Thursday, 28 April 2011

Sexual harrassment

“I’m gonna need you to take over table 52 please.” I say to Bonnie the shift manager, feeling sick enough to vomit.

“Why, are you busy?” She looks over my shoulder at the bar.

“No, but I don’t want to wait on them. Not after what they just said.”

“Uh Bonnie can I please get a void?” a server asks.

“Give me a minute Sully. So what’s going on that you don’t want to wait on Mike and Greg?” I say a silent prayer thanking God for Bonnie managing today.

“Do you want me to get into it now? My high-tops both just got sat .”

“Yeah, I want to know. What happened?”

“They’re being ignorant and to be honest, I don’t make enough money here to put up with it.” I grip the top of a banquet to steady my shaking hands.

Bonnie looks closely at me. “Hey, you love those guys. They’ll only sit in your section. Let’s go to the back. Sully, can you watch the bar for a second?”

I look at Sully apologetically. “Everybody’s got drinks except 55 and 58. If you could just take their drink orders, I can make them.” I say.

“Okay but hurry, I just got sat too.” He shakes his head as he makes his way to the two bar tables.

“Tell me what happened.” She encourages putting a motherly arm around my shoulders as we walk.

“Basically I was just propositioned by Mike and Greg.”

Bonnie laughs. “What?”

“Yeah, they started talking about how they’re on the board to clean up the waterfront of strip bars and that they’re trying to decide whether or not it’s worth giving Cheri Champagne’s a face lift or get rid of it. Then they asked me what I thought. I said I didn’t know, and asked them for their drink order. But they insisted they wanted my opinion.”

“Yeah, then what?”

“Then the conversation got really weird. Mike goes ‘So Kim is that something you’d ever consider?’ And I was confused so I asked him what he meant. He said ‘You know, dance?’ I didn’t say anything and Greg pipes in, ‘What would you need to be paid to dance?’ I stopped smiling then and asked them what they wanted to drink. They wouldn’t let it go. Mike finally said ‘I guess we’re asking you what it would cost to see you dance naked.’ That’s when I sort of lost it. I said “You’re making me uncomfortable. If you want to eat I’ll take your order but this conversation needs to stop.’ But you know what Bonnie?” She grabs my hand pats it to calm me. “They wouldn’t let it go. Mike said”

“Which one’s Mike again?”

“The fat balding one.”


“He goes – ‘awww come on Kim, everybody has a price.’ Then Greg the skinny one – he’s the lawyer – laughs and goes ‘We’re willing to pay big bucks.’ That’s when I told them I was coming to get you.”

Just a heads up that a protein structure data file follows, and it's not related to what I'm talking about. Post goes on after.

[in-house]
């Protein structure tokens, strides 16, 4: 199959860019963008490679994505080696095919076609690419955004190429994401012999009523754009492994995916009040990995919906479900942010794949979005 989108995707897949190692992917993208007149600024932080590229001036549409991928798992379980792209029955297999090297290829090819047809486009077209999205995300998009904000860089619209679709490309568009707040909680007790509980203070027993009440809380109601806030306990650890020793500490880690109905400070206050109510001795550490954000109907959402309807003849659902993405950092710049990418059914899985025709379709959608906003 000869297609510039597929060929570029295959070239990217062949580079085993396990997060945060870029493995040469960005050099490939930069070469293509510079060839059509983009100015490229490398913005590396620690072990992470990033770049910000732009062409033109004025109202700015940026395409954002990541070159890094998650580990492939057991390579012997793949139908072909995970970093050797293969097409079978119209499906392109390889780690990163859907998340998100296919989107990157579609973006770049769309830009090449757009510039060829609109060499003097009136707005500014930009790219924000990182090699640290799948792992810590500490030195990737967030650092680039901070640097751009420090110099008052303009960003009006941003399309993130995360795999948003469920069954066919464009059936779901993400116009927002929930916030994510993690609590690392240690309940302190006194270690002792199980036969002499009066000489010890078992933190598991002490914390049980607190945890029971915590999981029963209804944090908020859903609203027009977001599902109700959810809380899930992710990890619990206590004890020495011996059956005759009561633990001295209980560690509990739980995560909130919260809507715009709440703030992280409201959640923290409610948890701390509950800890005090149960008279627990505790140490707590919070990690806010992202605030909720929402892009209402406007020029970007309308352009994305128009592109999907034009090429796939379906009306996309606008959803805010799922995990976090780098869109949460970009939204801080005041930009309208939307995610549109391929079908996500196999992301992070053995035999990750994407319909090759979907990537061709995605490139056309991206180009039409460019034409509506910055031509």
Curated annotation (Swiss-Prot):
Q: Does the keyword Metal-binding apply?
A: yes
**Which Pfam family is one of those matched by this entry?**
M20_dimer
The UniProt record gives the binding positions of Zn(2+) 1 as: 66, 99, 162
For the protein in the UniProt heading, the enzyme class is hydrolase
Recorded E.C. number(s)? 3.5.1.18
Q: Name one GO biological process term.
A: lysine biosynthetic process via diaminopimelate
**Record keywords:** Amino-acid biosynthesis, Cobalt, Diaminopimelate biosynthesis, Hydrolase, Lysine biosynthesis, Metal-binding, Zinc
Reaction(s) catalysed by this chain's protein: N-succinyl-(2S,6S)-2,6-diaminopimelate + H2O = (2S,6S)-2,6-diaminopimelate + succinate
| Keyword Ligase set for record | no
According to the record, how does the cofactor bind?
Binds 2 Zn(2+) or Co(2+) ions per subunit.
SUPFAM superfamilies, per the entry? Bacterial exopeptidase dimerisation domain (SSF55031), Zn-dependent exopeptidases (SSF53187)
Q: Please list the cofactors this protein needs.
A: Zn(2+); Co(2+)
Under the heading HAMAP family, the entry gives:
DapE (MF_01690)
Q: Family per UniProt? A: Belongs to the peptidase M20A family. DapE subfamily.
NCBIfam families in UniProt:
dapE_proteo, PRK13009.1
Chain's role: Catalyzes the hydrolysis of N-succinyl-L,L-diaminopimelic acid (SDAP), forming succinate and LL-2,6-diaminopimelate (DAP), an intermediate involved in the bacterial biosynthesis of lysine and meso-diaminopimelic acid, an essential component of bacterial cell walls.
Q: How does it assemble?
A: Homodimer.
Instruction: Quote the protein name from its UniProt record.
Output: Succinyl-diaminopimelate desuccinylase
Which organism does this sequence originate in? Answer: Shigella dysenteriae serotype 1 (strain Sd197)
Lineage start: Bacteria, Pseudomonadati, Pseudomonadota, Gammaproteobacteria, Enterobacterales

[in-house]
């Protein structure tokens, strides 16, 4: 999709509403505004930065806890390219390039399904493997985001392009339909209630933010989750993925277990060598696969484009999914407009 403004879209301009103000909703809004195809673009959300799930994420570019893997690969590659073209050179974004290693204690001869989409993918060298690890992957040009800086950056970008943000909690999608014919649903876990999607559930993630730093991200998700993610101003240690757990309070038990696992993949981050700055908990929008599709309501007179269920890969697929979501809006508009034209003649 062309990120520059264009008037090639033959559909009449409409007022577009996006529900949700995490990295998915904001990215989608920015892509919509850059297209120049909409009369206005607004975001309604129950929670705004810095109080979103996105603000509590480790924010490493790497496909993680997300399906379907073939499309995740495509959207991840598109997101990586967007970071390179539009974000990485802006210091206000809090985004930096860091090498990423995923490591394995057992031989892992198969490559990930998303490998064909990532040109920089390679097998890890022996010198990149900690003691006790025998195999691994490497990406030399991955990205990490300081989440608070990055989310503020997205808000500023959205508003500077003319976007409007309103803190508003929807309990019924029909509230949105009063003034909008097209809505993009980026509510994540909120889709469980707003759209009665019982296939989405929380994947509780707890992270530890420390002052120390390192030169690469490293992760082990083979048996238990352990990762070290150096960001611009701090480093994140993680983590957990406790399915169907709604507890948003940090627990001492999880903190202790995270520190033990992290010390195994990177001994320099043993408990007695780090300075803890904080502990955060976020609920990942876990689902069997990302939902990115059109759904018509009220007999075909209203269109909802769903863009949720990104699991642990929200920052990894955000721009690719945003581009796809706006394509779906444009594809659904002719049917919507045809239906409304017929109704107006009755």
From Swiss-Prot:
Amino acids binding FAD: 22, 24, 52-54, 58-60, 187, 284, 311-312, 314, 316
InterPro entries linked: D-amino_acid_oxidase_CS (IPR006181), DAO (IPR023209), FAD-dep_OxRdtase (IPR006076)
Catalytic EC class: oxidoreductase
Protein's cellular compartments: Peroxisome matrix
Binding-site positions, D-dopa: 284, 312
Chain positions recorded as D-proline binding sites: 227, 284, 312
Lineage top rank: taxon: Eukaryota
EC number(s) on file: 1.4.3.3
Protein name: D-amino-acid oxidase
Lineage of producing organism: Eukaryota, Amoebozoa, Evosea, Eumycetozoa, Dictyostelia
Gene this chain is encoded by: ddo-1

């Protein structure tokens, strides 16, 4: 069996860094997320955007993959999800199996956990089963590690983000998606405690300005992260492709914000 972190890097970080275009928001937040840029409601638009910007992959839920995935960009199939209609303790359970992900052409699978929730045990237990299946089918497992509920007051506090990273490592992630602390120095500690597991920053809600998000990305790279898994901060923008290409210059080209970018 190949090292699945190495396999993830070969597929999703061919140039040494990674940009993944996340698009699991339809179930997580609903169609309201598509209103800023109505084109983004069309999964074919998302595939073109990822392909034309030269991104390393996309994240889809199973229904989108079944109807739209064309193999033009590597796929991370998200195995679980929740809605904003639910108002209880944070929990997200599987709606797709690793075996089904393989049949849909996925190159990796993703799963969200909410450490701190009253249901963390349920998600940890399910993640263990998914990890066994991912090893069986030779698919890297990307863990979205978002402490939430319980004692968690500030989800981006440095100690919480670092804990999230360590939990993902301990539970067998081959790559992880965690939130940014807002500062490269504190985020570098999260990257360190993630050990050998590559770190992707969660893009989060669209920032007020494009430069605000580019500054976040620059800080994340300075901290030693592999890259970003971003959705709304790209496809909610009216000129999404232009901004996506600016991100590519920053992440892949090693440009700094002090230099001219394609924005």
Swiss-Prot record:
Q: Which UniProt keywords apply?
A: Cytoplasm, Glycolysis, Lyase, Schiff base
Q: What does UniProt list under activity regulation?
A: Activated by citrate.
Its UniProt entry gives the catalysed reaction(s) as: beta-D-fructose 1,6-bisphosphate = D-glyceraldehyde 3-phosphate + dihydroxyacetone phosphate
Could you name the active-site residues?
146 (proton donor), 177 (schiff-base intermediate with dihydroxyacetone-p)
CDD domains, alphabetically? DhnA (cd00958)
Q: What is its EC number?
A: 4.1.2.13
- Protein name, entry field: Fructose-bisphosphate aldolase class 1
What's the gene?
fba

Bonnie was twirling the Squirrel card in her fingers, something I’d seen her do when the restaurant began filling up and we were understaffed. She was the accountant for the restaurant but recently had begun pulling a few management shifts during lunch each week. We loved having her on the floor. A welcome change from the general manager Dave who surely would have laughed this off and insisted I get back in the bar and serve the two regulars.

“Okay, okay, you shouldn’t have to serve people who are being that obnoxious to you. I’ll take them.”

Relieved I walk back to the bar. My legs feel like jelly. I don't want to face them again but need the hundred bucks I’d easily pull in on this busy Friday lunch.

I'm joining those ladies in red in their prompt to describe a fight fiction or non-fiction. This is another example of some of  the nonsense I faced in my bartending days. Although some of the names have been changed, it is an almost exact account of what happened. I refused to serve these men after that day and yet they insisted on sitting in my section at least twice a week for the next year. I would usually ask a colleague to wait on them unless Bonnie was working. It was truly a case of sexual harrassment and sadly because they were in, what I thought at the time, positions of power, I did nothing except refuse to wait on them.


  1. It's hard to stand up for what is right sometimes. Really proud of you for taking a stand and refusing to take it from those jerks!

  2. This story (and your last one about the the drunk father) make me so glad I never had to wait table or bartend. Working in a retail store was bad enough!! You're a brave lady though, so many other people would have said nothing and taken that crap from those guys!!!

  3. But you did refuse to serve them and that IS something!

  4. Oh Kim, I'm sorry that happened to you. What a couple of jerks. So many times when it happens we do feel powerless, so I admire you more than ever for standing up to them. You know, just writing this makes me feel powerless-and mad because I know it will happen to Amy some day-because it still goes on a lot.

    What those two really needed, I probably shouldn't put here-but I bet you can imagine what I have in mind!!! Total jerks.

  5. Waitressing is a hard job! And standing up for yourself is even harder. I'm glad you at least tried.

    Thanks for stopping by my post! Let me know if you get those white noise machines and whether they work :)